Retired doctor paints Gander’s past

Artist Clayton Hann draws inspiration from historical events

Published on January 16, 2017

When most people think of Gander, they think of planes. But when artist Clayton Hann is working on one of his watercolours, he looks past the planes, to the trains that made building the town possible.

“I don’t think the trains get enough recognition in what went on in Gander when the town was built, especially the Newfoundland Airport,” Hann told The Beacon Friday.

In 2006, when Hann retired after 25 years as a Radiologist at James Paton Memorial Hospital, he took a couple of painting classes.  Since then, he’s been painting steadily, mostly watercolours.  Each painting tells a story.

“I enjoy Newfoundland history.  I read a lot about it.  I try to incorporate it into some of my paintings,“ he said.

The Town of Gander has bought several of his works through their art procurement program.

If you visit the town hall, you’ll see one of Hann’s watercolours hanging in the lobby.  It shows workers unloading crushed stone from a train.  Hann says he painted the scene using a photo taken in the late ‘30s.

“That was crushed stone from a quarry near Benton. It was used in the construction of the runways.”

Hann points out that everything brought to Gander had to come by train in those days.

“Some people would say that the town of Gander should have a statue or a memorial to the train and the trainmen that helped built this place, but everything is geared to aviation history. But you don’t have to look very far, the train is always sort of in the background.”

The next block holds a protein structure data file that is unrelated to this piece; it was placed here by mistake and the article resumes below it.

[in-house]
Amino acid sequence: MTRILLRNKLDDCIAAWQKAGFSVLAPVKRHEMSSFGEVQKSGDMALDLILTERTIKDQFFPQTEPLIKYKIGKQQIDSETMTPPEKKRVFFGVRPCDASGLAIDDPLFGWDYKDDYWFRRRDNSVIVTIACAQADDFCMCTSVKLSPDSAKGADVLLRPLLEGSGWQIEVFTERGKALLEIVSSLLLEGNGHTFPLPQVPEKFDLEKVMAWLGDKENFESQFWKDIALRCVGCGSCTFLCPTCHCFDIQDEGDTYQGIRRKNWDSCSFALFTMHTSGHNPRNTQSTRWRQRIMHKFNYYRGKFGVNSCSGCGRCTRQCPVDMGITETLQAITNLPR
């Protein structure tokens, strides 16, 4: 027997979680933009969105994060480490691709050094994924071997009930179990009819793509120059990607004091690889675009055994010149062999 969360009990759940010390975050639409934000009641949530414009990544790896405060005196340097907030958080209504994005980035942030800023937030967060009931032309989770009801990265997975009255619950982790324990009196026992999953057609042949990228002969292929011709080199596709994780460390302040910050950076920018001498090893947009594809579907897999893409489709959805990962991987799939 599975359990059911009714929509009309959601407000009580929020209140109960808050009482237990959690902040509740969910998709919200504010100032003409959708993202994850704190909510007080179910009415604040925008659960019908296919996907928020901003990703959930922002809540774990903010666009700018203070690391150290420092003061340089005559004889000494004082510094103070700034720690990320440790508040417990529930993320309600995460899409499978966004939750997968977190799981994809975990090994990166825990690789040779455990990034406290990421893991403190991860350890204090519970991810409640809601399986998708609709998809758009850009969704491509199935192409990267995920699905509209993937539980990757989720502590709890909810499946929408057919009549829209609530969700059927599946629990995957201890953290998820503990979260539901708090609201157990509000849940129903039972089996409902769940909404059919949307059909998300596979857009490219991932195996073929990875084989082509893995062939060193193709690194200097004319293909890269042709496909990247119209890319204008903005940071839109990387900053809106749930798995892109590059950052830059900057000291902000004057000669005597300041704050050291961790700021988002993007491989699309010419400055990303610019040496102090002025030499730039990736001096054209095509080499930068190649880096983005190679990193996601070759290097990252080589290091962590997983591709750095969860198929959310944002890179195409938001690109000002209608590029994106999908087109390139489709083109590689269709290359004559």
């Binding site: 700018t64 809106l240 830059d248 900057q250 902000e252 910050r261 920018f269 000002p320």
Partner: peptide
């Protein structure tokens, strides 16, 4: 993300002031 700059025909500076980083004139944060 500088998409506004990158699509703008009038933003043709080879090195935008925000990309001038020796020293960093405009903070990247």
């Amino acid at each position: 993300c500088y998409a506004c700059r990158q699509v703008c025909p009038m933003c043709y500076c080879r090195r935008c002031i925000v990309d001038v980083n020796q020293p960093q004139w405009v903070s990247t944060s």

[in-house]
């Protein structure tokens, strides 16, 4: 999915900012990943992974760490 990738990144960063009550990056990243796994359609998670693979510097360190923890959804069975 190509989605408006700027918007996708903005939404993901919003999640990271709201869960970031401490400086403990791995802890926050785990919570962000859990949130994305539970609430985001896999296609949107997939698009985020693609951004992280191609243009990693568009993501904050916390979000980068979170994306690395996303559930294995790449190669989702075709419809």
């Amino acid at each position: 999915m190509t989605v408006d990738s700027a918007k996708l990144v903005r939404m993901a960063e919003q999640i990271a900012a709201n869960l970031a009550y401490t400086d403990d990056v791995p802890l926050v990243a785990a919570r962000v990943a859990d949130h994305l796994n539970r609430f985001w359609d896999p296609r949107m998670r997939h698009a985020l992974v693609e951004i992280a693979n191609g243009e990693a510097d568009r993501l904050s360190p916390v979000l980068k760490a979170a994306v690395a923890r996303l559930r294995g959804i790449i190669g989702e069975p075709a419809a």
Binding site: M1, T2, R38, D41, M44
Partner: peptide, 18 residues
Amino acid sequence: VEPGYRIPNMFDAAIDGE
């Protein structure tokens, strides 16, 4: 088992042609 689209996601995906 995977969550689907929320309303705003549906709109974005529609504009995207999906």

To make his point, he opens up a book to a picture of the aviators that took the first Hudson Bombers across the North Atlantic.

“You’ll notice in the background there’s a Newfoundland Railway Sleeper Car. You don’t have to go very far to see the significance the railway had.,”  Hann said.

A family of railroad workers

Hann comes by his interest in trains honestly. His grandfathers, uncles, and some of his aunts worked for the Newfoundland Railway.  His mother grew up in the station house in Princeton, Bonavista Bay, where her father was the stationmaster.

In Port aux Basques, where he grew up, Hann’s house overlooked the train yard.

“Ever since I was a little kid I was around trains.  As a baby I was listening to the rhythm of the steam locomotive.“

He’s painted many trains—many of them travelling along the tracks of the Gaff Topsails on the west coast.  One of those hangs in the Gander town hall as well.

Presenting Fidel Castro

Hann has also done portraits of people who’ve led interesting lives.  In one he’s captured an event that’s often mentioned in connection with Gander—most recently in the musical “Come From Away”—the day Fidel Castro went tobogganing in town.

He painted it from a photograph taken by a Gander Beacon reporter, changing it a little.   

“ [Castro] was surrounded by quite an entourage, and the back of the hospital was in the background, but I just put a couple of kids there with Gander Lake and Mt. Peyton in the background.”

Hann says he can finish a painting in a couple of days when he’s inspired. He’s currently working on a portrait of his late neighbor Hiram Keeping, working from a photo taken years ago at a cabin on the Gander River.

Wartime Scenes

Hann’s interest in history has led him to paint subjects inspired by both world wars.

A recent watercolor shows Lord Beaverbrook hanging on to his hat as walks away from a plane at the Newfoundland Airport in Gander.

Hann says it was a trip shrouded in secrecy. Beaverbrook was in charge of procurement of aircraft in England at the time, and instrumental in organizing the delivery of the Hudson Bombers.

 “They put him aboard a Newfoundland freight train and took him to Placentia where Churchill and Roosevelt were having their Atlantic Charter meetings.”

He couldn’t resist adding, “Another historical incident where the Newfoundland Railway figures into it.”

Hann smiles. Perhaps it calls for another painting featuring a train…